Earlier this month, thousands of high school students and their advisers were scheduled to travel to Nashville for an annual spring conference that draws attendees from around the country.

It’s a time when scholastic journalists get an opportunity to come together to share work from their schools, and get access to workshops taught by professional journalists and college advisers who are eager to help the next generation of storytellers.

But the COVID-19 pandemic has dramatically changed how the world lives and works, so organizers at the National Scholastic Press Association / Associated Collegiate Press decided to not only make the workshop digital but expand it by creating a series of national town halls, called Pacemaker Master Classes. The Pacemaker Award is the Pulitzer Prize of high school and college journalism, and Pacemaker winners — including Ball Bearings Magazine and the Ball State Daily News — are considered to be the best publications in the country.

The first week of the Master Classes welcomed nearly 400 students from across the country and featured three advisers, including Ball State’s Lisa Renze-Rhodes, the director of the Unified Media Lab and adviser to Ball Bearings Magazine, Byte Magazine, and the Ball State Daily News, which won its most recent Pacemaker in November.

The advisers shared story and source ideas for newspaper, magazine and broadcasting teams that are still working to produce daily or weekly content, but are doing it while quarantined inside their individual homes.

The goal of the Master Classes, said Laura Widmer, executive director of ACP/NSPA, is to “focus on good practices and showcase excellent examples of strong journalism.”

Week one of the classes looked at ideas for how to cover COVID-19 at a distance, and included tips and tricks for young journalists.

“My go-to tip is to tell storytellers to find a face,” Renze-Rhodes said. “That’s harder to do when you can’t actually sit down and have an in-person conversation with someone, but it’s certainly not impossible, as journalists like those at the Daily News prove every day.”

Screenshot from Pacemaker Master Classe

Screenshot from the first Pacemaker Master Classe featuring Ball State’s Unified Media Lab Director, Lisa Renze-Rhodes.

Other reporting tips included:

  • Know your audience. What are the questions your readers want and need to have answered? Brainstorm those with your staff, then set about trying to find answers that will provide real service to your audience.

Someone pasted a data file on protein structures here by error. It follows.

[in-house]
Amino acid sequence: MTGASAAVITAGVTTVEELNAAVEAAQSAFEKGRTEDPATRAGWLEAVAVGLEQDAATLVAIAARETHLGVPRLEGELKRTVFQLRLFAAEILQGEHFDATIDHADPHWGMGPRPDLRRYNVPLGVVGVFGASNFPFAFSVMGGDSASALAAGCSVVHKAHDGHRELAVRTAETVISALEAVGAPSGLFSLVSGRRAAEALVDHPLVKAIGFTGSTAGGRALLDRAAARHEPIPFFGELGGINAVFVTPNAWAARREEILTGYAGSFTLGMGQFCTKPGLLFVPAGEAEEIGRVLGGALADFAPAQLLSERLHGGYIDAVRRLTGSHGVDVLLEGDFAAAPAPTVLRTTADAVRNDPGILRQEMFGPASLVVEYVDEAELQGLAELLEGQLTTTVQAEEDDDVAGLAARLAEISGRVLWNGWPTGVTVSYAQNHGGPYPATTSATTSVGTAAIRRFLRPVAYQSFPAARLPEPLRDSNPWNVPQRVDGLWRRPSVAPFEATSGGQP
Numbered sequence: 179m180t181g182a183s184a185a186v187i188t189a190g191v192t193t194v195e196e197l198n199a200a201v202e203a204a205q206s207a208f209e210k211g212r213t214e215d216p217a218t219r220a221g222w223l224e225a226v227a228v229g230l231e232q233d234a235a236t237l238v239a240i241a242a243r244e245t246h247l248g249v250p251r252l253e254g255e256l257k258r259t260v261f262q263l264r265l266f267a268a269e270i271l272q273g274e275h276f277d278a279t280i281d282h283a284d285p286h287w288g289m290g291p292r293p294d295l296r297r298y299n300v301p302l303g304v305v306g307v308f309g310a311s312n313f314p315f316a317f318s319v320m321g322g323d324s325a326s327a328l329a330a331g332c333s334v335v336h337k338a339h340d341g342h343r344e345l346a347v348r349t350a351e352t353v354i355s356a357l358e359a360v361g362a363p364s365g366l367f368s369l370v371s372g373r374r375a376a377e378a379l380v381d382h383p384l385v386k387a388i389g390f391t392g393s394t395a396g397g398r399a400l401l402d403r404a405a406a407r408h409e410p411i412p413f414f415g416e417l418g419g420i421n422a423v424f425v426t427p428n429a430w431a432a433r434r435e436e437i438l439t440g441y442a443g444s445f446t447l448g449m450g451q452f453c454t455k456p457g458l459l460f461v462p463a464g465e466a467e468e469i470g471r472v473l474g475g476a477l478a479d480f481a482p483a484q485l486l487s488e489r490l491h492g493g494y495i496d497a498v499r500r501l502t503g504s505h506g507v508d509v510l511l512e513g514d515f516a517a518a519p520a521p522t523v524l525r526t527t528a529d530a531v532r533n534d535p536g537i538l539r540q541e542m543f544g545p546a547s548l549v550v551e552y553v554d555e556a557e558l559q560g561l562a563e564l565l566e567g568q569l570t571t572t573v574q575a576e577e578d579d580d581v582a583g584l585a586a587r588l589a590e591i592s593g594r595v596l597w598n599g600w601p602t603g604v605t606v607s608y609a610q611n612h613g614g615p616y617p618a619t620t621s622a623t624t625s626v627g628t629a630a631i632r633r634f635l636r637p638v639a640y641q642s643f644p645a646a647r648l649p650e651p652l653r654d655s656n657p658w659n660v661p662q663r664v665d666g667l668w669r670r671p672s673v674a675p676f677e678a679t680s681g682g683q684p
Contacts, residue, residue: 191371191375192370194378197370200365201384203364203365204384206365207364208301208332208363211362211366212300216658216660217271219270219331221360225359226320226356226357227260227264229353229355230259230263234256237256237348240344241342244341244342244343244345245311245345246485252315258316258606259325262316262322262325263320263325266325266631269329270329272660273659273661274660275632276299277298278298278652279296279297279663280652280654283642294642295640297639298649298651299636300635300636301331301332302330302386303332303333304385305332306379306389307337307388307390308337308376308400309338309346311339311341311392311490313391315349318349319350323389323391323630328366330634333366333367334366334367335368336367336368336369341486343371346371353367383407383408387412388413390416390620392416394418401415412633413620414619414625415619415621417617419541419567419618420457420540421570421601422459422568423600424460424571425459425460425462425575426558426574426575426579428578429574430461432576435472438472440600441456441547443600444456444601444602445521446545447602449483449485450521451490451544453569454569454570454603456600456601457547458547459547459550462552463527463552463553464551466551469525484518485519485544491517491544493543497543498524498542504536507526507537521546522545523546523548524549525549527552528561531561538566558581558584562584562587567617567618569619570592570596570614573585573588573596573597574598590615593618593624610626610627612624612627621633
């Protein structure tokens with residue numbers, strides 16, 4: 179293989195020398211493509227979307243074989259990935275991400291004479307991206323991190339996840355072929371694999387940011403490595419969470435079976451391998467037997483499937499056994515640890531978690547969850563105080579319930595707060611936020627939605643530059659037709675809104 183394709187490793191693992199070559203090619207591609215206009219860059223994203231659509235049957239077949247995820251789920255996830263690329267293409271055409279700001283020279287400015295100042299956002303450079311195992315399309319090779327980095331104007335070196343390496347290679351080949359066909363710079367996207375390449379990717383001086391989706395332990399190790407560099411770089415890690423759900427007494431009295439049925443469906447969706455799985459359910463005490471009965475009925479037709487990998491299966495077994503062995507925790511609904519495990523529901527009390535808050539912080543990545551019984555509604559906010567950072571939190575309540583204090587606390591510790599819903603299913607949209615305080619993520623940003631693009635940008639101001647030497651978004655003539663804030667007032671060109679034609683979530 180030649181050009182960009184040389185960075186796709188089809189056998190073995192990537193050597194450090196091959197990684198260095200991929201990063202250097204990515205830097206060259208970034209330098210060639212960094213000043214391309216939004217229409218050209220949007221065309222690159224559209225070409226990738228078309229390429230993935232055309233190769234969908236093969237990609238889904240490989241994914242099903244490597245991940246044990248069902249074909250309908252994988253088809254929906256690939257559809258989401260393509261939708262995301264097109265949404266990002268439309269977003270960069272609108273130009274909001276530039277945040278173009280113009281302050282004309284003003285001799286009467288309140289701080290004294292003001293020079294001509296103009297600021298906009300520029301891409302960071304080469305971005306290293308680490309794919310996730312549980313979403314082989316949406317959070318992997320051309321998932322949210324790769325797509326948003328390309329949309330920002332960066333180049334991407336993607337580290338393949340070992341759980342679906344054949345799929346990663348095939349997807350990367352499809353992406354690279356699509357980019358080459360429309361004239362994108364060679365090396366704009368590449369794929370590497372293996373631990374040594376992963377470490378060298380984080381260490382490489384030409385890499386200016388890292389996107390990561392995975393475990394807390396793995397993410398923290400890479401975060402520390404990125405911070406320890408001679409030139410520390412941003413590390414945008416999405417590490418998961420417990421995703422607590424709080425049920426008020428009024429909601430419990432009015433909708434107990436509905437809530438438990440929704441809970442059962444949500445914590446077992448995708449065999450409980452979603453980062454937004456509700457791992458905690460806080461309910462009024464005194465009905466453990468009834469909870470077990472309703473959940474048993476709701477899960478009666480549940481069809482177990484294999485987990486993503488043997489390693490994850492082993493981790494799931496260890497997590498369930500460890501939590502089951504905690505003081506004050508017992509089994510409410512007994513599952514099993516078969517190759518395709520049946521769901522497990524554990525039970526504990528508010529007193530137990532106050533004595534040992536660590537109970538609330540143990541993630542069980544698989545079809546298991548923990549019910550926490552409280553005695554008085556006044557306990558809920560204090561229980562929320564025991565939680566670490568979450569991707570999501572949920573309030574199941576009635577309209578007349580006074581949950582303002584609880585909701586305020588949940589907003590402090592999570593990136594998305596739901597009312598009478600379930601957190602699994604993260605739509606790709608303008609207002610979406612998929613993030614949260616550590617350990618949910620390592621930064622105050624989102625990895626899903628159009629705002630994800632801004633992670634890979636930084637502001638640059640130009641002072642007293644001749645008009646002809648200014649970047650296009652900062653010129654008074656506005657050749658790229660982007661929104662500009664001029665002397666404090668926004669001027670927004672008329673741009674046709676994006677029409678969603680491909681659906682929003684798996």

• Source stories via social media. Everyone is in the same situation of being unsure about what comes next. Reach out to people and then move those conversations to email or phone calls so you can capture that information into your piece.
  • Tell stories no one else is — own your beat. As students in a pandemic, you have a unique voice and experiences that others aren’t having. Use this unusual circumstance to your advantage by sharing what your peers are going through.
  • Vary your content — all COVID all the time will fatigue your audience, and your staff, so mix it up a bit. The Daily News team has introduced a fun feature that focuses on how to cook with limited ingredients and while still on a budget.
  • Vary your delivery. Use all of the channels and platforms your team(s) have available to make sure you’re reaching as much of your audience as possible, on the platforms those readers are utilizing. That means in addition to narrative pieces, you should provide videos, photo galleries (sourced from the story subjects when possible) graphics and other storytelling tools.

Free sites to create graphics/visual storytelling elements were also shared:

  • Canva
  • Carto
  • Datawrapper.de
  • Genial.ly
  • Klex
  • Pixlr
  • Timeline.knightlab.com

These tips are important, but there’s more at stake. “It’s about more than helpful tips and ideas,” Renze-Rhodes said. “It’s really about making sure these young journalists know they’re not alone, and they have resources and help available as they set about telling important stories in this critical time. They have a voice, and it’s a perspective that needs to be heard.”


A big shout out to our very own Ball State Daily News and Ball Bearing Magazine teams who just completed the last issue of the academic year while the crews were quarantined away from their newsroom. See their outstanding work here: Ball State Daily NewsBall Bearing Magazine.

Trio of Sports Link Alumni Join Virtual Class For #COVID19 Conversation